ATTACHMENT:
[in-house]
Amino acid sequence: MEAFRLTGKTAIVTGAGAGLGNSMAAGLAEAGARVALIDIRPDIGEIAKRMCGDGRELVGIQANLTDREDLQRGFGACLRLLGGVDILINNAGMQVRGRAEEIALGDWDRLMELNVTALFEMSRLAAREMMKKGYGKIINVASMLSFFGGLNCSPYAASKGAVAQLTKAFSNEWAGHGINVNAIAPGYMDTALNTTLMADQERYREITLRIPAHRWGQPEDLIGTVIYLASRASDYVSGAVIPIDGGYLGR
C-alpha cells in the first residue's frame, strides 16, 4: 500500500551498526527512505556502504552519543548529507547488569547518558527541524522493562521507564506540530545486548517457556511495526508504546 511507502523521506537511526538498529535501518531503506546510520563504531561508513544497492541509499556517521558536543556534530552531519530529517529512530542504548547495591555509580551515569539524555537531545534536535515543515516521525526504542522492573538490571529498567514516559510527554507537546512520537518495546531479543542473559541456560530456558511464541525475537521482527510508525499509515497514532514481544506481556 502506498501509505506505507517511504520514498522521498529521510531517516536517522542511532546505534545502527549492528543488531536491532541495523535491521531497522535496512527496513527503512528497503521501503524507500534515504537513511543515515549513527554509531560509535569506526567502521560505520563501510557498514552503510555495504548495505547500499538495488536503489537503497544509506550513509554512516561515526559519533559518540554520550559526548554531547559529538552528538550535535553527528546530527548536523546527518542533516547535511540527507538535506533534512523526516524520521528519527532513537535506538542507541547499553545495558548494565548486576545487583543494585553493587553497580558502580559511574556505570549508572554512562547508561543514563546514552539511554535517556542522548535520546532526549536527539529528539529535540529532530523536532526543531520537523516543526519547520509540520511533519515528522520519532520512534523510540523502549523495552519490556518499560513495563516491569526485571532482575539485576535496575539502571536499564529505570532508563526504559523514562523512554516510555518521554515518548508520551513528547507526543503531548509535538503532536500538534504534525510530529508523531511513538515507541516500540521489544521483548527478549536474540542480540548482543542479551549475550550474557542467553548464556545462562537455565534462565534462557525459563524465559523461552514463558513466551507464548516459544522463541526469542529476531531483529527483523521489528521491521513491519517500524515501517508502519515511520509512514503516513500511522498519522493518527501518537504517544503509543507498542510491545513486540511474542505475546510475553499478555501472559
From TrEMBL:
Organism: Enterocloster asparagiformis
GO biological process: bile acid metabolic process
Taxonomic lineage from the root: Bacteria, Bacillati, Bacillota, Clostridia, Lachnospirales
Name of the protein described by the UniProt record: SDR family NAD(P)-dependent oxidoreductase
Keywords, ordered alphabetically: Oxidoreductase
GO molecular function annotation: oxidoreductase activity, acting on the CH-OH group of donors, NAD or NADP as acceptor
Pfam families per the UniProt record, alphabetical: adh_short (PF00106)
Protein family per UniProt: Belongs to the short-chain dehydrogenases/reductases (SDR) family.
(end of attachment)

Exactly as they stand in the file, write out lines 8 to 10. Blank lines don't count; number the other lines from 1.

Name of the protein described by the UniProt record: SDR family NAD(P)-dependent oxidoreductase
Keywords, ordered alphabetically: Oxidoreductase
GO molecular function annotation: oxidoreductase activity, acting on the CH-OH group of donors, NAD or NADP as acceptor